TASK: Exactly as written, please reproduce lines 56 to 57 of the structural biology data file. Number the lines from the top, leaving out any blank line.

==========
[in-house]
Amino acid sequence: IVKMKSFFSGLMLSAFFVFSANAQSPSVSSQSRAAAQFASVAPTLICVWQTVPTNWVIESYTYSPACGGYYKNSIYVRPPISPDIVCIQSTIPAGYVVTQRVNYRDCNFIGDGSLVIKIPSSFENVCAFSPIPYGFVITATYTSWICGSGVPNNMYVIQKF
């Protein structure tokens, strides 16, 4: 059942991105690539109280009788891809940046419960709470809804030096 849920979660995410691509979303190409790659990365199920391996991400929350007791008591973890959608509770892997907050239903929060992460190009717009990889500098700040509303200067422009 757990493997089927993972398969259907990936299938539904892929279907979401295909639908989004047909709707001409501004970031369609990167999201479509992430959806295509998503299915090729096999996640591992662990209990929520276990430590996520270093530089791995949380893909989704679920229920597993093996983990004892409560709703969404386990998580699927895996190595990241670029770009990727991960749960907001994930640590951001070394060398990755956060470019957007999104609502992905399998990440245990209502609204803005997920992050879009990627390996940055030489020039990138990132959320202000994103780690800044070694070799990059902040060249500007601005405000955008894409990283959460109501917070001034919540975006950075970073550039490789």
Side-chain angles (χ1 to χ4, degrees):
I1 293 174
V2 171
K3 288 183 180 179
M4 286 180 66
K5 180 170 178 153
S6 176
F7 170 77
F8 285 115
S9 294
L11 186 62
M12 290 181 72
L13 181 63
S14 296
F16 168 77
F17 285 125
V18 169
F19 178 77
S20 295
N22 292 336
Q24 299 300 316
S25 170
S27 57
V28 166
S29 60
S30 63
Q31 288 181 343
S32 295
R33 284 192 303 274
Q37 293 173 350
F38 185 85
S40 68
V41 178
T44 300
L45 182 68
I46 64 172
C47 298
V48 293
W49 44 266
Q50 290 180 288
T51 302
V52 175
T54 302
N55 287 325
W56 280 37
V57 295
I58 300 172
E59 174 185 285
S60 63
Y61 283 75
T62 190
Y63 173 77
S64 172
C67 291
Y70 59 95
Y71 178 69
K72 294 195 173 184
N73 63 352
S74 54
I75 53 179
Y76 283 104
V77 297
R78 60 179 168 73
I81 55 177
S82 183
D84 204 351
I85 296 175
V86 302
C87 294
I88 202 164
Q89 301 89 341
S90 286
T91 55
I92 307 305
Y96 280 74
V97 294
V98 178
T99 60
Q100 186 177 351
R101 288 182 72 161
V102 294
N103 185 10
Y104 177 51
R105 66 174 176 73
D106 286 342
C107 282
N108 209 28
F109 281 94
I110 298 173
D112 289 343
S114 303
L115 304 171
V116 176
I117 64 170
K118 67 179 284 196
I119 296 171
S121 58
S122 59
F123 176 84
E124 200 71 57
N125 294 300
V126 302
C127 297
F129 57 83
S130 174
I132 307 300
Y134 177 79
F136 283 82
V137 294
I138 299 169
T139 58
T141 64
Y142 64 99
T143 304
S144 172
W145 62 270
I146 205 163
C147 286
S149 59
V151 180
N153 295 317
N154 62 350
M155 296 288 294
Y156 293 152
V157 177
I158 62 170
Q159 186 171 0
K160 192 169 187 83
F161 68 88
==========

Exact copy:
S64 172
C67 291